Here is a great project- based learning activity that combines a very diverse set of STEM skills to be applied by students. Most chemistry, physics and even math classes use mass standards of measure for various activities. In this lesson we will use the power of a mill or lathe to make custom measurements, and focus on the relationship between mass, volume and density.
Physics, Mathematics, Design and Fabrication
Standards of Measurement
In this STEM lesson, students will create gram (or imperial should you prefer) standards for their science laboratory.
Most chemistry/physics/physical science classes have a set of mass reference standards to be used on a balance. These are also useful for counterweights during various experiments in the laboratory. Many times these standard sets have a missing piece or two. Other times it would be nice to have additional sets for more lab set ups. Naturally these pieces are expensive to purchase but that presents an opportunity for the savvy STEM teacher. Reference standards are also a great way to introduce the concept of density to early learners as they discover that objects of the same size and shape for instance can have different masses.
Making Your Own
Your students can make their own sets of mass standards in the fabrication laboratory (aka metal shop) using simple machine tools or more complex CNC machinery. Best practice is to use CAD software with the capability of determining mass, volume, density etc so that students can make adjustments as needed depending upon the property of the materials used to manufacture the masses.
Materials and Equipment
Round or Square Metal Stock (Brass, or Aluminum Recommended)
Lathe and/or Vertical Mill (CNC is best)
The instructor must determine what the general parameters are in this laboratory. Do you want each student to create an entire set of weights, or have teams of students create a set? What are your limitations in terms of materials, machine access, design software, and materials?
Students will not be making useless widgets, but precision weights that must be designed and manufactured to a very high standard.
Students who partake in this activity must be familiar with all machine operations and safety protocols. Their task is to design and manufacture a single or series of weights to an exact dimensional standard, which will reflect a predetermined mass standard. Students can determine what shape they want to use. ‘Traditional’ masses are shaped somewhat like the image below but they can be any shape. Much simpler shapes based on square stock can be created for those students who are just learning to machine or prefer a difference look.
A typical set of masses is usually limited to 1-5-10-50-100 grams. With the customized sets that will be created in this activity, the sky’s the limit on what measurement standards can be produced. Students can determine exact dimensions required based on the simple Density = Mass/Volume formula. Using known densities and desired mass of the selected material, students can determine what volume is needed for a particular mass. To achieve the volume, and consistency of shape (if desired) students with a CAD program such as solidworks can quickly manipulate the object into the correct dimensions. Students without access to CAD software should stick to simpler shapes such as cubes to achieve the desired result.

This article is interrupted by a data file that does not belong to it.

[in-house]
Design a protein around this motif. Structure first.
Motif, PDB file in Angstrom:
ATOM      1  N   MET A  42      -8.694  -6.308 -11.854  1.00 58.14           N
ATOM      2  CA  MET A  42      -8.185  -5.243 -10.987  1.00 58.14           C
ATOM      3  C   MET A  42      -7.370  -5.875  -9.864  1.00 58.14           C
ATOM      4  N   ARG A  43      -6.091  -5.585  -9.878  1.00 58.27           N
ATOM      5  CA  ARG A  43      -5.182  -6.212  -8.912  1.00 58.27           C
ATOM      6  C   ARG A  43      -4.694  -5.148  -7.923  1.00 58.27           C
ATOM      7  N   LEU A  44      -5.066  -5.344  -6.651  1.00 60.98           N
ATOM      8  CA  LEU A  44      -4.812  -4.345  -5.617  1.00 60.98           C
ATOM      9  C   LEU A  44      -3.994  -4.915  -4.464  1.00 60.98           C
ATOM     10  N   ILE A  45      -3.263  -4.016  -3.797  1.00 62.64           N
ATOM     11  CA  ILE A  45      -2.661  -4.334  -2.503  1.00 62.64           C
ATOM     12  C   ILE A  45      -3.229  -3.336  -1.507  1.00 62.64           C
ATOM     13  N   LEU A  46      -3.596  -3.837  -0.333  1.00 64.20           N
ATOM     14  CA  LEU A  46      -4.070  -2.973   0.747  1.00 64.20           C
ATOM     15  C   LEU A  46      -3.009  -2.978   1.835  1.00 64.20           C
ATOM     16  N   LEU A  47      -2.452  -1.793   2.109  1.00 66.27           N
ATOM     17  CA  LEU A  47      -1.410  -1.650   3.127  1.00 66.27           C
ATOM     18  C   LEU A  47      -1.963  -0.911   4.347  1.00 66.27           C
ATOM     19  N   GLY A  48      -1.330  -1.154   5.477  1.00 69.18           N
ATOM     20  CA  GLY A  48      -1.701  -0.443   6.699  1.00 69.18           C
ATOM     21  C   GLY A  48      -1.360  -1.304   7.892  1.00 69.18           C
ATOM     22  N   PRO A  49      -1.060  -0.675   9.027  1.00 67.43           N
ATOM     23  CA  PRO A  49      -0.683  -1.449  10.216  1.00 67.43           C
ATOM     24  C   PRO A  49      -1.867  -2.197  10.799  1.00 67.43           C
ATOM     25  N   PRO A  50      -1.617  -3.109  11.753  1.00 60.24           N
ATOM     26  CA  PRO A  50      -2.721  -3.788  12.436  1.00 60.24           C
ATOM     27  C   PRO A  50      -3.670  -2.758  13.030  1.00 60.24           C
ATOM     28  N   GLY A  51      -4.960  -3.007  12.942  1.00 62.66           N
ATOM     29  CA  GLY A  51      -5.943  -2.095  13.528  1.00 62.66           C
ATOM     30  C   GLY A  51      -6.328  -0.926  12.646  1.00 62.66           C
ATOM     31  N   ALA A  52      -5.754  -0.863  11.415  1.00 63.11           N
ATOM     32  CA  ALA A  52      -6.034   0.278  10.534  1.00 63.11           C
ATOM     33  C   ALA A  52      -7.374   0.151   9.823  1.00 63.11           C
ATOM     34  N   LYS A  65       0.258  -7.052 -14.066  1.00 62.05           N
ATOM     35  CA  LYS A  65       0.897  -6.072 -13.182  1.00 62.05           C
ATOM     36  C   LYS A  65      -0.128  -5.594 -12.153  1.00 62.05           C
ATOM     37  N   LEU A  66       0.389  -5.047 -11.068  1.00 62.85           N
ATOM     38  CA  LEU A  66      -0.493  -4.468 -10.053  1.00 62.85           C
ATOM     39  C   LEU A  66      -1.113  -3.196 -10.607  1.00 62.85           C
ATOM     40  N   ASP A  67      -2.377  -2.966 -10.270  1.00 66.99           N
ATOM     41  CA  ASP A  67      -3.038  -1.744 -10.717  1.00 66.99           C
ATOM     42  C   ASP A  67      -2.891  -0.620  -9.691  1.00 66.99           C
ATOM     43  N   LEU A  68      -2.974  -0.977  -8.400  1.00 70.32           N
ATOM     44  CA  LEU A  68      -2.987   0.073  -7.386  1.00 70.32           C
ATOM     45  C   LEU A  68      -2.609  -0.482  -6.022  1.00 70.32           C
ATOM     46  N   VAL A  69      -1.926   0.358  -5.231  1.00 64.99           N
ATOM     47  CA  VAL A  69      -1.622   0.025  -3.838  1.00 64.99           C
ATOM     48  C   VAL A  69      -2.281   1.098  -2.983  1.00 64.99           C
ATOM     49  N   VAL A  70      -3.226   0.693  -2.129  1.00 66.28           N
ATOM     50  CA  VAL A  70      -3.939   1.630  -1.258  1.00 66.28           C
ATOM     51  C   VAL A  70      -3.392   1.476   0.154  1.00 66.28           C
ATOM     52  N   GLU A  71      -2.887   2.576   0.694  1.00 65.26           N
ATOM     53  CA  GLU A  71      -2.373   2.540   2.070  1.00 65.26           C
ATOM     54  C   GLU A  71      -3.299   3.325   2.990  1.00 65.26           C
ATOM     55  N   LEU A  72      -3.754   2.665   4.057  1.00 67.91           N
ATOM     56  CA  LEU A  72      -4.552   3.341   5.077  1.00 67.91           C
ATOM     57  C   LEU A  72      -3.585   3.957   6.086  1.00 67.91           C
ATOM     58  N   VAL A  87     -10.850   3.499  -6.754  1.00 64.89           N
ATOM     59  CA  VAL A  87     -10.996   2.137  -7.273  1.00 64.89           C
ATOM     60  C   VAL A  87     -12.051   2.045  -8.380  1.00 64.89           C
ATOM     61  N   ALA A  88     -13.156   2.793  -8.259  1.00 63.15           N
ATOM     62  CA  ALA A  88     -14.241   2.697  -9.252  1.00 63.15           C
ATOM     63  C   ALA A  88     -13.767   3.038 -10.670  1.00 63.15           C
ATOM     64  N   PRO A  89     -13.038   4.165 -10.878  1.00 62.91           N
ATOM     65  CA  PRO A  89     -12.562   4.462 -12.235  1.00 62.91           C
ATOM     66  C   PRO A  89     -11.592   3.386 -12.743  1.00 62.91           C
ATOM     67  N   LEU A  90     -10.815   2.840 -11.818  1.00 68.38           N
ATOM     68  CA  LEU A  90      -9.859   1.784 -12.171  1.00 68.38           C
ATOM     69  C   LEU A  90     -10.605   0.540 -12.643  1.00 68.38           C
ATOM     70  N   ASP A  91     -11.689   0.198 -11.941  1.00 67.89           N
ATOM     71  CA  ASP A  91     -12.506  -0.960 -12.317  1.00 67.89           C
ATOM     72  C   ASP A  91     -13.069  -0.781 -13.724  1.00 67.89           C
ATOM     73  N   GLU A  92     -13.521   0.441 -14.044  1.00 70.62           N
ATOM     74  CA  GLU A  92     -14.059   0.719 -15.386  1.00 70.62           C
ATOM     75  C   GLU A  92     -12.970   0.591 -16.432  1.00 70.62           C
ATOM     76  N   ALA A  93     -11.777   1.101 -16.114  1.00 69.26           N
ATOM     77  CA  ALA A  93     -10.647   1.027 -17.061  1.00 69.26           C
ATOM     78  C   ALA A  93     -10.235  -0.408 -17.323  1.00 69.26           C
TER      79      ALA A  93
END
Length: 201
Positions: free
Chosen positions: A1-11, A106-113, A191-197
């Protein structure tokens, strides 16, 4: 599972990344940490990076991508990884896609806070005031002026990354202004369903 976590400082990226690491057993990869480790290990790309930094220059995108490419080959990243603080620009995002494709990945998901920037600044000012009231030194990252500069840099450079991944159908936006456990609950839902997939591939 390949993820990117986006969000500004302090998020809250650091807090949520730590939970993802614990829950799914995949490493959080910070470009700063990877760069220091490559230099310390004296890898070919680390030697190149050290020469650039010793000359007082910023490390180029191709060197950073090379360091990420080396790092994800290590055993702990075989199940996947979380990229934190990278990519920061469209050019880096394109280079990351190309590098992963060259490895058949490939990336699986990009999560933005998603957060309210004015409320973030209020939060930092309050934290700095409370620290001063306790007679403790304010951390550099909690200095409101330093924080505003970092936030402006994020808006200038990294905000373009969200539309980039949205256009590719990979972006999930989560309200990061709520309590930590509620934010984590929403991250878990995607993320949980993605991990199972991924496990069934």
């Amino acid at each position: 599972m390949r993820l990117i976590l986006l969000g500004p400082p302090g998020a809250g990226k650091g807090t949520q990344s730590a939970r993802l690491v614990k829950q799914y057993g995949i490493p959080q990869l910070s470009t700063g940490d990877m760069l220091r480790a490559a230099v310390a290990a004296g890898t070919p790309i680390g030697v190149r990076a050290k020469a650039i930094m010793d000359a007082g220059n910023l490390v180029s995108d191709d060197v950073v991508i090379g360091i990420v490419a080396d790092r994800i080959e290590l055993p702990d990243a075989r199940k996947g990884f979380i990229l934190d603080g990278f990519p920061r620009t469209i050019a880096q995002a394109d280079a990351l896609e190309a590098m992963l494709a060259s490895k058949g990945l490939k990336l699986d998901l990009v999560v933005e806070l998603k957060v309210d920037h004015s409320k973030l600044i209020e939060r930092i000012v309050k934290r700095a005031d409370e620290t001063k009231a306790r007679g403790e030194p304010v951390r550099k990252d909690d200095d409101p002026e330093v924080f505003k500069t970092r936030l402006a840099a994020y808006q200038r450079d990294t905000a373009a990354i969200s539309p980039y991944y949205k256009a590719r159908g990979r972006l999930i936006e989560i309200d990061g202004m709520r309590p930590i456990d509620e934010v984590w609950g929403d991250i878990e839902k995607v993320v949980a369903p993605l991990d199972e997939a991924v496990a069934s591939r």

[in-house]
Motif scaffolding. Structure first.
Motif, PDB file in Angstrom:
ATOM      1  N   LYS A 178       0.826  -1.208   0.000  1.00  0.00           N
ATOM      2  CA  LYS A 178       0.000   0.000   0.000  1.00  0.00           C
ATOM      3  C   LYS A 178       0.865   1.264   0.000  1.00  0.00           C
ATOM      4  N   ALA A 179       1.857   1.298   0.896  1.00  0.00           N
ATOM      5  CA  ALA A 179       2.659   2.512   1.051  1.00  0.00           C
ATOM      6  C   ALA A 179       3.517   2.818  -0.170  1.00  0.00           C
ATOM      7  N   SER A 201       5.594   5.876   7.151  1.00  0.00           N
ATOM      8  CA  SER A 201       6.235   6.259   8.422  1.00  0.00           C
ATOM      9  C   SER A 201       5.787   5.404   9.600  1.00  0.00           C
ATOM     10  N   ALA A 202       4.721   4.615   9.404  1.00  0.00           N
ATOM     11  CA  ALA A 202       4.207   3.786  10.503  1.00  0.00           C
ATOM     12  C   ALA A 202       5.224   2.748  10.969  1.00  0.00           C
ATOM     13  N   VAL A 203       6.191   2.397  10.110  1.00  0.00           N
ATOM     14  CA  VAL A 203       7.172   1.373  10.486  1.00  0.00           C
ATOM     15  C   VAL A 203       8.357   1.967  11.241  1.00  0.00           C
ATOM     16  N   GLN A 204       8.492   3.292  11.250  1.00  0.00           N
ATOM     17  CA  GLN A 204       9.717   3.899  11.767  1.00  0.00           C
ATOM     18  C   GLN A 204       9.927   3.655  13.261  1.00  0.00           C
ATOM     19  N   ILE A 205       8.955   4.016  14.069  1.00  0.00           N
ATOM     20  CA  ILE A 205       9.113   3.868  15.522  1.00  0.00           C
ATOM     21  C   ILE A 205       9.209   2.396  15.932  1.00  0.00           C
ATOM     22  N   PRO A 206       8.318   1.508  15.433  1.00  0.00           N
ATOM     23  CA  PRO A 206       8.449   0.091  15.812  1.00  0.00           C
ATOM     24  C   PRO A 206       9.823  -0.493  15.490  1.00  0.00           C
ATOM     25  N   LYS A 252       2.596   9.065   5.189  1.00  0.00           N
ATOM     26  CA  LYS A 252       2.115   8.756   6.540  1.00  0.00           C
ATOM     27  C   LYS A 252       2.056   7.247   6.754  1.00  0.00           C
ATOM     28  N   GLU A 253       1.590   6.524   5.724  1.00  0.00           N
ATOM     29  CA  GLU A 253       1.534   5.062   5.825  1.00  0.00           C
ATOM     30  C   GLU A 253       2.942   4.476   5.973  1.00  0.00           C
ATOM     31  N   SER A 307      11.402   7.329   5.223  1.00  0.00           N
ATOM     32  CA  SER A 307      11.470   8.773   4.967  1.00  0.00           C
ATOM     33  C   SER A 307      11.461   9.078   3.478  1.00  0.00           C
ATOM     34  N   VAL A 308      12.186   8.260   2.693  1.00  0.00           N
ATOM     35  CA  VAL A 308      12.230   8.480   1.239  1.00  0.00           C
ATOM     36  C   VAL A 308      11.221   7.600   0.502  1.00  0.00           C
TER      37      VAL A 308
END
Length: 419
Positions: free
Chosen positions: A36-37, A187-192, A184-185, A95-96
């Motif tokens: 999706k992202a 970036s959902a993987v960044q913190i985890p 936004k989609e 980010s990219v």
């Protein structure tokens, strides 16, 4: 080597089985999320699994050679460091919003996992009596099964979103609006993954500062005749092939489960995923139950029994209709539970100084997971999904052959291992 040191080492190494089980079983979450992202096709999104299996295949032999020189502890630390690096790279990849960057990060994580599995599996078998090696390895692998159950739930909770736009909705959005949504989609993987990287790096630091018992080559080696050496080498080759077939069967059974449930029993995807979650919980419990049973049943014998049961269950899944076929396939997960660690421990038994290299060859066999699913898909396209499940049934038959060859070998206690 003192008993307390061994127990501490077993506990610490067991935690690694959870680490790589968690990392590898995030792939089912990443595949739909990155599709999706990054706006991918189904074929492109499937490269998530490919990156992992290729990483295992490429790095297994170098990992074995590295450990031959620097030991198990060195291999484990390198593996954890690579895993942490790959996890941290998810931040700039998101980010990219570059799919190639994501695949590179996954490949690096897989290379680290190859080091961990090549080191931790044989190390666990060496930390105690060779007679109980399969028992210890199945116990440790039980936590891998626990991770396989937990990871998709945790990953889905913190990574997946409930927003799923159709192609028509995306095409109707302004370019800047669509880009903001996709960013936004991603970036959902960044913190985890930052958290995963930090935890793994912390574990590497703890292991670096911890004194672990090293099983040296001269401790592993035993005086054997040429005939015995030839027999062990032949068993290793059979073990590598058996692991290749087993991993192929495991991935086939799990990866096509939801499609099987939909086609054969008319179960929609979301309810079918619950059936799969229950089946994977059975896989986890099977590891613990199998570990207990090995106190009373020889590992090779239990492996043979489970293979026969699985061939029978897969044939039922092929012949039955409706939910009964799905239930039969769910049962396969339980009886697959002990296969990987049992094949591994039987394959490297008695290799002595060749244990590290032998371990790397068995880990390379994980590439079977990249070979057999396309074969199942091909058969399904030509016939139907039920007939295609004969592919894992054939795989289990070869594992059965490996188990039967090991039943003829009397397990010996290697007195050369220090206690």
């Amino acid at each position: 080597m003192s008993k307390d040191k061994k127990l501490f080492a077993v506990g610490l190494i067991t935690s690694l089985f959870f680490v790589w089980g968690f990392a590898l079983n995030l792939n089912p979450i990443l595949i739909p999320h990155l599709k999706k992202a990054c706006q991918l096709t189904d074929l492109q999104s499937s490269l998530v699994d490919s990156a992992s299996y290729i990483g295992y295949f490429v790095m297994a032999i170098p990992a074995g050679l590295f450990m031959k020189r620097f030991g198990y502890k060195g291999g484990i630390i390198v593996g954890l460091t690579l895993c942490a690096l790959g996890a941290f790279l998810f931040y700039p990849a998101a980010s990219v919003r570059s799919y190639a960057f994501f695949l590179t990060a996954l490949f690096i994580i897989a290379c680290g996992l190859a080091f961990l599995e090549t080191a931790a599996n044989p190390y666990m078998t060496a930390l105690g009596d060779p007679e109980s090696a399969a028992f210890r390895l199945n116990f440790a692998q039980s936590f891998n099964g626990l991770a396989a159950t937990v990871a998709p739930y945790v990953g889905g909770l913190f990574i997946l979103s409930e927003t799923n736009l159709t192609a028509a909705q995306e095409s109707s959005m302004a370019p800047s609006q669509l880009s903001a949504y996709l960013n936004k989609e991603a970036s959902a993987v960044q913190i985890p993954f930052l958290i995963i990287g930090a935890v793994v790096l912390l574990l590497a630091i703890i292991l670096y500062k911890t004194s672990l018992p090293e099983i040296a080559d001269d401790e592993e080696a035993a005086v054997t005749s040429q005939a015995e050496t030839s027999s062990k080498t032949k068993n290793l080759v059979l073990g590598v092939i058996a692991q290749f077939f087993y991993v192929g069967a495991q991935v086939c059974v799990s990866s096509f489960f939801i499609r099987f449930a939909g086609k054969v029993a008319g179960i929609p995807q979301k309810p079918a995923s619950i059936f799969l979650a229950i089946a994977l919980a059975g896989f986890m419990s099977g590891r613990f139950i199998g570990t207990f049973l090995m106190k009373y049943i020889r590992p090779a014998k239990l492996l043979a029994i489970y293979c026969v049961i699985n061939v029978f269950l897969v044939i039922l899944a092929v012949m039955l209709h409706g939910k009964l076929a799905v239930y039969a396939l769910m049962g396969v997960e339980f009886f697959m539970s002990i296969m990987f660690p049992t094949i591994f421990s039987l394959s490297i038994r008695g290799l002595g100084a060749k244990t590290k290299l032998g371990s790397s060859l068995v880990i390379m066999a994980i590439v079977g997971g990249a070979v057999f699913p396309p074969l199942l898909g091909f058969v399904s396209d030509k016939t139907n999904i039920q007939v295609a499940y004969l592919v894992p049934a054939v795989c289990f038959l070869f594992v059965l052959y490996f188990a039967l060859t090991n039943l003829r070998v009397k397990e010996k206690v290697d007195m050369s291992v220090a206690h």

You can see that the mass, volume and density properties of the design are easily available in many CAD programs. Here Solidworks is illustrated.
For example, suppose Suzy student wants a 10g weight using aluminum 6061 alloy. The density of Aluminum is 2.7 grams/cm3. Using the formula, the student will need to create a standard with volume 3.703 cm3.
This is a simple task if the piece is to be a basic cube shape, and no sophisticated software is required, just the calculations. Taking the cube root of the volume will give a required dimension of 1.547 cm per side.
This procedure can be accomplished with CNC or manual machines.
Square the Stock
Students should begin by squaring off a piece of stock on the mill on the mill that is reasonably close in size to their final product.
Mill to Spec
Using a large endmill, flycutter or face mill, the sides should be brought into spec.
Naturally a CNC machine can do a much more accurate and repeatable job of this task and should be employed if available.
Check and Recheck
With manual machines in particular, before removing the last bit of metal students should place the stock on a scale to see how close their piece is the to correct mass. Sometimes removing a few chips with a file is all it needs to get that last .001 grams instead of a cut with the machine.
Having a stop on the vise makes things easier.
Different shapes can be created using CAD models other than squares. For more advanced students, they can do their own calculations to reveal required the volume and dimensions of nearly any shape. This brings to the forefront the concept of design for manufacturing. Students will need to consider the difficulty of manufacturing the product since it is their task to do within a limited time and with whatever resources they have available. A great extension activity is to have students design more ‘artistic’ shaped masses, do the calculations and evaluate its manufacturing feasibility.
More than a Mass Standard
Its often convenient to be able to uses masses for pendulums, pulley weights, etc. In those instances, consider adding a threaded hook to the top of each mass. This presents another opportunity to engage students in an essential machining process called tapping. See this tapping tutorial to learn a great way to tap easily and accurately.